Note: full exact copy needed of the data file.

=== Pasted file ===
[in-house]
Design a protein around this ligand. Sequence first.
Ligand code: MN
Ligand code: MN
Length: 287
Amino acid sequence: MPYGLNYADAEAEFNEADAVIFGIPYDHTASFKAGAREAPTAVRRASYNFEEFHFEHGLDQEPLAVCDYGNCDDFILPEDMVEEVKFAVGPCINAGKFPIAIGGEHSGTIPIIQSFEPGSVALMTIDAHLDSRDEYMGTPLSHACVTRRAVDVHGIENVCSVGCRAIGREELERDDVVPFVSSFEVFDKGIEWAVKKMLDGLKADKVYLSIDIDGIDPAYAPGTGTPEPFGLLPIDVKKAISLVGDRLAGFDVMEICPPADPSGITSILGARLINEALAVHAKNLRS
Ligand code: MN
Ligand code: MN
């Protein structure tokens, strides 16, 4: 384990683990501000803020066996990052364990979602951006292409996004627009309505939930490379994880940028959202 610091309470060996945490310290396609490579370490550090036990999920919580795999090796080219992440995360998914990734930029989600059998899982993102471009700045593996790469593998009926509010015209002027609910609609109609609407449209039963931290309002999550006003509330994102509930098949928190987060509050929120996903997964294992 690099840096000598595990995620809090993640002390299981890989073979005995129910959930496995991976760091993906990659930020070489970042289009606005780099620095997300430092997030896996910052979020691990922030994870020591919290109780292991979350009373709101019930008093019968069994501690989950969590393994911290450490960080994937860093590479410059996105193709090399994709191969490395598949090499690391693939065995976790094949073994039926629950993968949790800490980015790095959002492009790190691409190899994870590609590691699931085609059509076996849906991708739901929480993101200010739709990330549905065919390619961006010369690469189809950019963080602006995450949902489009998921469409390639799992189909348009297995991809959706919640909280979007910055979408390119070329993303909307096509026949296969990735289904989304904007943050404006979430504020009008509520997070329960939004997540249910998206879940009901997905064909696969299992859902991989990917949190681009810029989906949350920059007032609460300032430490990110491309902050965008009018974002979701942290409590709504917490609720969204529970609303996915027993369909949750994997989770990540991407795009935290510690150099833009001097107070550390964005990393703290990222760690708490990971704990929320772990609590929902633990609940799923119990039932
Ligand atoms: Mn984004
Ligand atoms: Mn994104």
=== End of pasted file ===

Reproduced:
[in-house]
Design a protein around this ligand. Sequence first.
Ligand code: MN
Ligand code: MN
Length: 287
Amino acid sequence: MPYGLNYADAEAEFNEADAVIFGIPYDHTASFKAGAREAPTAVRRASYNFEEFHFEHGLDQEPLAVCDYGNCDDFILPEDMVEEVKFAVGPCINAGKFPIAIGGEHSGTIPIIQSFEPGSVALMTIDAHLDSRDEYMGTPLSHACVTRRAVDVHGIENVCSVGCRAIGREELERDDVVPFVSSFEVFDKGIEWAVKKMLDGLKADKVYLSIDIDGIDPAYAPGTGTPEPFGLLPIDVKKAISLVGDRLAGFDVMEICPPADPSGITSILGARLINEALAVHAKNLRS
Ligand code: MN
Ligand code: MN
């Protein structure tokens, strides 16, 4: 384990683990501000803020066996990052364990979602951006292409996004627009309505939930490379994880940028959202 610091309470060996945490310290396609490579370490550090036990999920919580795999090796080219992440995360998914990734930029989600059998899982993102471009700045593996790469593998009926509010015209002027609910609609109609609407449209039963931290309002999550006003509330994102509930098949928190987060509050929120996903997964294992 690099840096000598595990995620809090993640002390299981890989073979005995129910959930496995991976760091993906990659930020070489970042289009606005780099620095997300430092997030896996910052979020691990922030994870020591919290109780292991979350009373709101019930008093019968069994501690989950969590393994911290450490960080994937860093590479410059996105193709090399994709191969490395598949090499690391693939065995976790094949073994039926629950993968949790800490980015790095959002492009790190691409190899994870590609590691699931085609059509076996849906991708739901929480993101200010739709990330549905065919390619961006010369690469189809950019963080602006995450949902489009998921469409390639799992189909348009297995991809959706919640909280979007910055979408390119070329993303909307096509026949296969990735289904989304904007943050404006979430504020009008509520997070329960939004997540249910998206879940009901997905064909696969299992859902991989990917949190681009810029989906949350920059007032609460300032430490990110491309902050965008009018974002979701942290409590709504917490609720969204529970609303996915027993369909949750994997989770990540991407795009935290510690150099833009001097107070550390964005990393703290990222760690708490990971704990929320772990609590929902633990609940799923119990039932
Ligand atoms: Mn984004
Ligand atoms: Mn994104």